In addition to their studies, high school students often participate in sports, extracurricular activities and social events. Many teens also devote time to after-school jobs and personal interests. With so much to stay on top of, it’s easy to become overwhelmed and disorganized. Help your teen improve and maintain focus with games that promote cognitive abilities that improve concentration, attention and memory.
Brainteasers will give your teen a mental workout. Brainteasers challenge players with deceptively simple-looking tasks, such as matching, recalling and identifying patterns. These objectives, however, test and improve focus by requiring the player to use speed, and reflex and logic skills, which, when played regularly, improves concentration, attention, reaction and other cognitive skills. Challenge your teen to complete one or two brainteasers per night from an activity book or website. Riddles, and puzzles also stimulate and exercise cognitive abilities associated with focus.
Video games have a reputation for being detrimental to children’s focus, but when age-appropriate video games are played in moderation, they can benefit teenagers’ cognitive development. In addition to improving hand-eye coordination, video game play also improves players’ abilities to solve problems, make choices, apply information, multitask and create strategies, according to a 2011 ABC News report. A study performed by the Office of Naval Research found that video game players perform up to 20 percent higher in cognitive ability than non-players. The American Federation of Scientists recommends video game play for children, noting that they promote, among other cognitive abilities, higher-order thinking skills.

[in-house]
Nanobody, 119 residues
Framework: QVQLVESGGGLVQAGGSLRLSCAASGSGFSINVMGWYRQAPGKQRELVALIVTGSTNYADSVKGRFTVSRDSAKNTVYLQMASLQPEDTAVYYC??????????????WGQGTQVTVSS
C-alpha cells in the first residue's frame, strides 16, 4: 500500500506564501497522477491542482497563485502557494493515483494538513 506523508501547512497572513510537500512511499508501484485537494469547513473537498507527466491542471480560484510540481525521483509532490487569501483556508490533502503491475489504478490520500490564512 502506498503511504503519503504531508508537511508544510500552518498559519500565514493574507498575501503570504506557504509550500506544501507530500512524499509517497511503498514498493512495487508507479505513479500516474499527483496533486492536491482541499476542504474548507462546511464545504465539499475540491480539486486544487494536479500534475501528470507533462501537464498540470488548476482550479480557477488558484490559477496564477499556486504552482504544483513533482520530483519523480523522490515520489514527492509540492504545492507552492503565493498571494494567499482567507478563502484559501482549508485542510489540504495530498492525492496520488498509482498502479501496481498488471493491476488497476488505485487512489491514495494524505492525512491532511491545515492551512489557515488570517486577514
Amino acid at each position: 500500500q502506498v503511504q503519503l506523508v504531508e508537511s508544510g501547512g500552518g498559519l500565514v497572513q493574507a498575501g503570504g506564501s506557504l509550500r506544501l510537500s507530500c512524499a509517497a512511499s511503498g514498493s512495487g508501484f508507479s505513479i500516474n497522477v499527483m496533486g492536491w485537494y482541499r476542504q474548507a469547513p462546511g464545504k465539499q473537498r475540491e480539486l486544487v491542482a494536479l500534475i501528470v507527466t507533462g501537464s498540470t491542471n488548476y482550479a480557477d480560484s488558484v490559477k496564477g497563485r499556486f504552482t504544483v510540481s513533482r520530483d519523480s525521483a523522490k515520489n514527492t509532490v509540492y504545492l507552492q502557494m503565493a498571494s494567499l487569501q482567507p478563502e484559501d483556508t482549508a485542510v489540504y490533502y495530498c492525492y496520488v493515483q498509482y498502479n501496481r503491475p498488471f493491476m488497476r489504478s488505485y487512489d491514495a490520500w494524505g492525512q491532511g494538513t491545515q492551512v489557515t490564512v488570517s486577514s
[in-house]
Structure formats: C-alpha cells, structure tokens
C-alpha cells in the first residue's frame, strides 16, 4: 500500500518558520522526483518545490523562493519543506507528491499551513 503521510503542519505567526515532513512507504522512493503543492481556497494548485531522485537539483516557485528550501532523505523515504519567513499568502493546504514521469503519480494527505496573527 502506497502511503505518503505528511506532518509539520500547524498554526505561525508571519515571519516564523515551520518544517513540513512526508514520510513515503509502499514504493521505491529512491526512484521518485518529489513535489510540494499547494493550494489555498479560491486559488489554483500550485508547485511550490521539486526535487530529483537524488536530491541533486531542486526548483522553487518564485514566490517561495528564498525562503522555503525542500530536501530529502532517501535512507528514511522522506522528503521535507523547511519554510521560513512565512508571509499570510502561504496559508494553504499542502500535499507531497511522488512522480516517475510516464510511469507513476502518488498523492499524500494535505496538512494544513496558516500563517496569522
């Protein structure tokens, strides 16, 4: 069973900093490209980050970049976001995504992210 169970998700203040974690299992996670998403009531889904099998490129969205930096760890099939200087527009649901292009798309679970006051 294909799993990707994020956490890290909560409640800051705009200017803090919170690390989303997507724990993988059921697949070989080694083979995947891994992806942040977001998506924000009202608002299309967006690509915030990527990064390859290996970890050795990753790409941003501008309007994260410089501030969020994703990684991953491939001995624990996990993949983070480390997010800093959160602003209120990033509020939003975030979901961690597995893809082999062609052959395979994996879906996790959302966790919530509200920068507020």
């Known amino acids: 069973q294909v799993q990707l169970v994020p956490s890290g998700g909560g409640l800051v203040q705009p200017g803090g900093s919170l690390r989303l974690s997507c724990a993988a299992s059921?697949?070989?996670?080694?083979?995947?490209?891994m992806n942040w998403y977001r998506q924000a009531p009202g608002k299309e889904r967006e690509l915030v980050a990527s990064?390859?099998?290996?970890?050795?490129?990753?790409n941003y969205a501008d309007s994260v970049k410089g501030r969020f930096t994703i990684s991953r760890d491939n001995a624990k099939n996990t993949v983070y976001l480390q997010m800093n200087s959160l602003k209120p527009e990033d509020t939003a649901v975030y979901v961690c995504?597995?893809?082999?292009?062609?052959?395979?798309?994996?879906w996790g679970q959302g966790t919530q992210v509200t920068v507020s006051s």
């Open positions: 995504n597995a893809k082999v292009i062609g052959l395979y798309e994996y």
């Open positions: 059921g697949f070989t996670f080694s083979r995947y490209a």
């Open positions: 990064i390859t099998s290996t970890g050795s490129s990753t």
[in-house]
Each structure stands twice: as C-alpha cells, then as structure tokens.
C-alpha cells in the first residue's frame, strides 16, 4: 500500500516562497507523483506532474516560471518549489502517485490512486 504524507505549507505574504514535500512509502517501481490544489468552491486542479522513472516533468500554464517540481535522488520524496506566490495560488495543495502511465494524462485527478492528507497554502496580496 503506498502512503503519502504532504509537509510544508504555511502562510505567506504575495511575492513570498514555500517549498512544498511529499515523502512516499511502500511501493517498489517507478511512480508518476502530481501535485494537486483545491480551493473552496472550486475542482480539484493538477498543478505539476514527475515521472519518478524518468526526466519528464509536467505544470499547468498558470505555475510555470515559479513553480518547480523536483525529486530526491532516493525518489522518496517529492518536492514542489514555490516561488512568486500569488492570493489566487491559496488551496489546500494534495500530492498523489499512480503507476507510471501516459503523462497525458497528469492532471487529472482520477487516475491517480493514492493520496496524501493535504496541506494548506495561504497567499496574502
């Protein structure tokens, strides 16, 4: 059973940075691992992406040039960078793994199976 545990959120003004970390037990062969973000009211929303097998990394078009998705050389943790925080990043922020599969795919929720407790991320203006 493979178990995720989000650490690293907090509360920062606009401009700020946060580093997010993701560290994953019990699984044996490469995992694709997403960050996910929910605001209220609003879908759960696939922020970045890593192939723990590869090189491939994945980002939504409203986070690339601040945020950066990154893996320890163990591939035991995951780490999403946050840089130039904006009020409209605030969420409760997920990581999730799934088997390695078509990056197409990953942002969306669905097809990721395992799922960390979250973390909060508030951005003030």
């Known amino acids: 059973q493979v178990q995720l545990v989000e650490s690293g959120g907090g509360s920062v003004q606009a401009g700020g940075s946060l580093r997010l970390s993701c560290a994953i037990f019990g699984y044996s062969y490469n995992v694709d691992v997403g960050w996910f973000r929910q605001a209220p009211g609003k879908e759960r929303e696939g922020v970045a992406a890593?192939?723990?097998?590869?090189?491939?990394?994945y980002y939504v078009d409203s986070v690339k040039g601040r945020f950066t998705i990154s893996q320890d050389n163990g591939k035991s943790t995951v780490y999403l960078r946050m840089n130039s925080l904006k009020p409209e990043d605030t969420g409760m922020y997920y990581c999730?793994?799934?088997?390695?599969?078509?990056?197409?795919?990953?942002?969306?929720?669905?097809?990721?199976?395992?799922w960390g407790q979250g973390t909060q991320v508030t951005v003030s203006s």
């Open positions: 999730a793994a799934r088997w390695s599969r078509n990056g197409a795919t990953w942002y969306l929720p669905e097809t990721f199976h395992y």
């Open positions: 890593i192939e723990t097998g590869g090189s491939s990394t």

Physical exercise is essential to healthy teen development in several ways. Not only does exercise keep bodies fit and in shape, but it also enhances the mind by supplying more oxygen to the brain, stimulating brain cells and chemicals and promoting the ability to process and recall information. Get teens outside and promote social skills as well with a little friendly competition. Challenge teens to relay races, jump rope or hula-hooping contests, a game of tag, Frisbee or volleyball or other games that encourage physical activity.
Board games such as chess, checkers and backgammon aren’t the only ones that promote concentration, focus, strategy and problem-solving skills. Even casual, silly games for a group of players can promote cognitive abilities such as improved memory, concentration and focus. Laughter and lighthearted play during family game night stimulates areas of the brain associated with creativity and learning while encouraging socialization a factor that promotes brain health, including memory, according to a Harvard School of Public Health study.
Debra Pachucki has been writing in the journalistic, scholastic and educational sectors since 2003. Pachucki holds a Bachelor's degree in education and currently teaches in New Jersey. She has worked professionally with children of all ages and is pursuing a second Masters degree in education from Monmouth University.